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Chris Christie Surrenders on Gay Marriage: How Will This Play Out for Him?

Now that he has surrendered completely, withdrawing his appeal to the New Jersey Supreme Court, he can no longer tell gay marriage opponents that he fought the good fight, because he ran from the last major battle waving a white flag.
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Until this morning, the conventional wisdom seemed to be that the New Jersey Supreme Court's unanimous decision to allow same-sex marriages to begin today -- even as it accepted Gov. Chris Christie's appeal of a lower court's ruling, scheduling arguments for January -- was a win-win, politically, for Christie. As the thinking went, Christie would get gay marriage off the table now, and if he ran for the GOP nomination for the presidency in 2016, he could tell social conservatives in the GOP that he fought the good fight and did everything he could to stop gay marriage.

But now he has surrendered completely, withdrawing his appeal to the New Jersey Supreme Court. He can no longer tell gay marriage opponents that he fought the good fight, because he ran from the last major battle waving a white flag.

That's not to say that it would have been the win-win that some pundits thought it would be anyway. And perhaps Christie realized that. The pundits' thinking ignored the fact that evangelicals and tea party supporters, who've aligned with one another on many issues (including Obamacare, taxes and gay marriage) and, combined, account for over two thirds of the GOP's often strident base, are never satisfied with simply "fighting the good fight" and moving on, as we have just seen. The thinking also seemed to forget the fact that the strategy didn't work for Mitt Romney, who, as a governor from a true-blue liberal Northeastern state where gay marriage happened on his watch, even as he claimed to oppose it, was in an identical situation.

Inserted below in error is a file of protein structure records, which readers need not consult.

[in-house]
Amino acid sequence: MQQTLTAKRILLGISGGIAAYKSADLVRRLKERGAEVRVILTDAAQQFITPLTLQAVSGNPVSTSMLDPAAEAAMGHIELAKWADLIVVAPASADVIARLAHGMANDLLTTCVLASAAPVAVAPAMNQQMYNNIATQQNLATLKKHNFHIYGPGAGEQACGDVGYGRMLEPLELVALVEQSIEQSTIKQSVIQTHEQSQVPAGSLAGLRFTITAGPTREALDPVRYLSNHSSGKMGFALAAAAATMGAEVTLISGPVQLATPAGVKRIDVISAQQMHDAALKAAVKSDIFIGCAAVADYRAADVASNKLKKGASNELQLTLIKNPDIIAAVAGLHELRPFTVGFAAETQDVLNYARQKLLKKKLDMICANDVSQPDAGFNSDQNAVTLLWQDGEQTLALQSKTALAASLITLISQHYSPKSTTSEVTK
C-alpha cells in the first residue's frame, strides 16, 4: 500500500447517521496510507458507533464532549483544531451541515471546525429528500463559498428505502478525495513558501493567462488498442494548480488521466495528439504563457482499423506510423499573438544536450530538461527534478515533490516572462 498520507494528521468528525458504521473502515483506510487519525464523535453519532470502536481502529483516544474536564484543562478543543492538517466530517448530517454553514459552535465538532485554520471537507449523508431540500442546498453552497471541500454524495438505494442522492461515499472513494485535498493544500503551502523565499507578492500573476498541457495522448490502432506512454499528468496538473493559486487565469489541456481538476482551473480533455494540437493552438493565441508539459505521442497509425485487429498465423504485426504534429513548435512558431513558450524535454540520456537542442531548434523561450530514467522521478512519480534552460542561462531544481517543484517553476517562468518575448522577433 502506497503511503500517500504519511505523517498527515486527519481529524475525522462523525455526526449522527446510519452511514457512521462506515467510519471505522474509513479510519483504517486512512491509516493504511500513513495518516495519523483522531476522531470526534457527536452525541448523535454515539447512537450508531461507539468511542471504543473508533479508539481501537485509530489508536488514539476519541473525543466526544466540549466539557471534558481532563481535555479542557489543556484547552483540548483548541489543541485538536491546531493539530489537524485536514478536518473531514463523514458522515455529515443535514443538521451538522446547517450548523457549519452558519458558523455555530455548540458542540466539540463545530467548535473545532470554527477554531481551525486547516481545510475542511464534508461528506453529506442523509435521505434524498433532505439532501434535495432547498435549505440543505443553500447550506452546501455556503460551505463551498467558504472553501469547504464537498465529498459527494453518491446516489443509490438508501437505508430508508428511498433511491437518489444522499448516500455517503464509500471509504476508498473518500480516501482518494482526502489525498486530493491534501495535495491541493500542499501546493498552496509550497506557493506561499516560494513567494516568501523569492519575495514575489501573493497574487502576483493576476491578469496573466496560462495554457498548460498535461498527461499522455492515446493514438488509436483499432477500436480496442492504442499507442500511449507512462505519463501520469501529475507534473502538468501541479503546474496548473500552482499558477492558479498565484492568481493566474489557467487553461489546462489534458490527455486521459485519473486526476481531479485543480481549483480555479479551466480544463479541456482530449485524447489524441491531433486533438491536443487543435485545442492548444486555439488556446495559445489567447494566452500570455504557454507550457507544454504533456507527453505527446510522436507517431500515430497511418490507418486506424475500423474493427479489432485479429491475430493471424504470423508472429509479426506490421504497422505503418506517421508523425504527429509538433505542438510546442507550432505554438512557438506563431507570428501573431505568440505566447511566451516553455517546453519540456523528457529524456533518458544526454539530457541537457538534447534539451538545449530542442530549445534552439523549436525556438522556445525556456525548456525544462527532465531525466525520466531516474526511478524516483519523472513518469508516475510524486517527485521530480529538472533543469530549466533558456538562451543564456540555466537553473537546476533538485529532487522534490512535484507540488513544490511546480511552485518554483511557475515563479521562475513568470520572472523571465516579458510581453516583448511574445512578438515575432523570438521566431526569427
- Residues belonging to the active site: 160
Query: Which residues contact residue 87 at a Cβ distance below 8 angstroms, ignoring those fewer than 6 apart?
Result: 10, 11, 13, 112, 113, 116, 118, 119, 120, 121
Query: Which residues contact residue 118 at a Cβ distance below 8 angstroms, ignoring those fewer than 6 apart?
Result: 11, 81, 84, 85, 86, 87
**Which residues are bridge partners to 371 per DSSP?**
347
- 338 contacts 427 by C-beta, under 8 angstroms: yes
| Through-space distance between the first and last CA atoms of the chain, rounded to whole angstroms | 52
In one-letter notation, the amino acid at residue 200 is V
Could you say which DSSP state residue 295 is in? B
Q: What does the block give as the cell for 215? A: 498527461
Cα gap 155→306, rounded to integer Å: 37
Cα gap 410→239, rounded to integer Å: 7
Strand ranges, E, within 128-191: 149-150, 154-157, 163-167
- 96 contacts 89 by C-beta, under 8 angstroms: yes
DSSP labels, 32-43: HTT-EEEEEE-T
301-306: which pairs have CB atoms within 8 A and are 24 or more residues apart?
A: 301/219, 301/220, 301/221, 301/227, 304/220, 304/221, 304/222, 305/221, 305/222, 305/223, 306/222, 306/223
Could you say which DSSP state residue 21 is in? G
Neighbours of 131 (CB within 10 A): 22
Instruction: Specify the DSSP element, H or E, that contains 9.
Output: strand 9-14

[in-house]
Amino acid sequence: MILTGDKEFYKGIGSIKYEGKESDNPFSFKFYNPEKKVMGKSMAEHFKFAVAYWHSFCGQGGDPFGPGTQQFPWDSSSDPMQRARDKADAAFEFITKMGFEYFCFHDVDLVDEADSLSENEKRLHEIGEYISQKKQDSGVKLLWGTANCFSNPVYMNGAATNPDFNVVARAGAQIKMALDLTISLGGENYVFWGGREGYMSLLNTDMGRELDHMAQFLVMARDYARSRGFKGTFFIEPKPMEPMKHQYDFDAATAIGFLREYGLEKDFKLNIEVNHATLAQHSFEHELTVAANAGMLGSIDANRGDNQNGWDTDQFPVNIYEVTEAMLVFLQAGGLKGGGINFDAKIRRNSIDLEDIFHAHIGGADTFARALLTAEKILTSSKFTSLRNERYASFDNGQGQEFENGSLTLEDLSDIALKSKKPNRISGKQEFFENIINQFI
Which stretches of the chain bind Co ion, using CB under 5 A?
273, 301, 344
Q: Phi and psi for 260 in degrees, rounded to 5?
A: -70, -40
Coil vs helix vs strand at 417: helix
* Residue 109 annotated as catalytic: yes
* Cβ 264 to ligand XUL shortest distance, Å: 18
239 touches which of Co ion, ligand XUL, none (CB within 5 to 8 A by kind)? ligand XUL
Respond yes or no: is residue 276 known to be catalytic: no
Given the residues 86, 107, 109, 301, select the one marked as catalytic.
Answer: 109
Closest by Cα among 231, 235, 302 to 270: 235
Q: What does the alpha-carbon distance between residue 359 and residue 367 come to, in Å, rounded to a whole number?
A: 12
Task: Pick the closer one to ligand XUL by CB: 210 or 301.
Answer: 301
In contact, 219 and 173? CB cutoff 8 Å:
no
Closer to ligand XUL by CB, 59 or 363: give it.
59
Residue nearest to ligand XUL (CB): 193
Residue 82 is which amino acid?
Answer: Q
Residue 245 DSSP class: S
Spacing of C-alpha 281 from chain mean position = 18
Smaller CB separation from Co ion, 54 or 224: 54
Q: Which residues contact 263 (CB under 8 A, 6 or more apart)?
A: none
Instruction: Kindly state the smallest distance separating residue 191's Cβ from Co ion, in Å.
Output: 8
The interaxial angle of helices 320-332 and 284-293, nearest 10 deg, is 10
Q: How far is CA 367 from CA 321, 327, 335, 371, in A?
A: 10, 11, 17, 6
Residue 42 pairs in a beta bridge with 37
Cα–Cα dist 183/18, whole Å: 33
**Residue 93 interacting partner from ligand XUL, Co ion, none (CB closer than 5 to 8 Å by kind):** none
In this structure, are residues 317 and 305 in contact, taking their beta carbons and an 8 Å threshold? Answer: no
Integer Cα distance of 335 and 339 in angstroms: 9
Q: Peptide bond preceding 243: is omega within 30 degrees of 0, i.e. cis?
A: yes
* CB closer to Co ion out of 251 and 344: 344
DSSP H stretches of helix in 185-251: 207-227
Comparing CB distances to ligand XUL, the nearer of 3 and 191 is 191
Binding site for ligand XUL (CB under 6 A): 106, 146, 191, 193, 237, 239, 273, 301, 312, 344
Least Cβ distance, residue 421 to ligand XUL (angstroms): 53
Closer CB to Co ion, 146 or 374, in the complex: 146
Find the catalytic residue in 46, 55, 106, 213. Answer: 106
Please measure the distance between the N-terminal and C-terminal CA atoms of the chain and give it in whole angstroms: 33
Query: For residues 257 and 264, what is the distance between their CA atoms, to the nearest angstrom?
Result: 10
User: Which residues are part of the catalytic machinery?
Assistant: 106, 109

Romney ran for governor of Massachusetts as a moderate, promising to expand rights for gays and lesbians, only to shift dramatically as he set his eye on the presidency, doing everything he could to convince evangelicals that he would stop gay marriage. He fought for a state constitutional ban after the high court approved gay marriage, and he tried to use an arcane law to stop the marriages even after the court decreed that the marriages should begin. He debased gay parents and their children, trying to keep birth certificates of children born to gay parents from denoting that both parents were of the same gender. And he vowed that, as president, he would pass a federal constitutional ban on gay marriage.

But even with all that, many social conservatives were not convinced. They wrote columns warning about the judges whom Romney had put on the courts in Massachusetts, and about the openly gay people whom he'd hired in his administration. Romney responded to these suspicions by further tacking to the right throughout the primaries, where Rick Santorum, Rick Perry and Michele Bachmann stirred the faithful. Evangelicals did turn out for him in the end in the general election, but it came at the cost of independents and Democrats who saw him as too extreme or just not standing for much.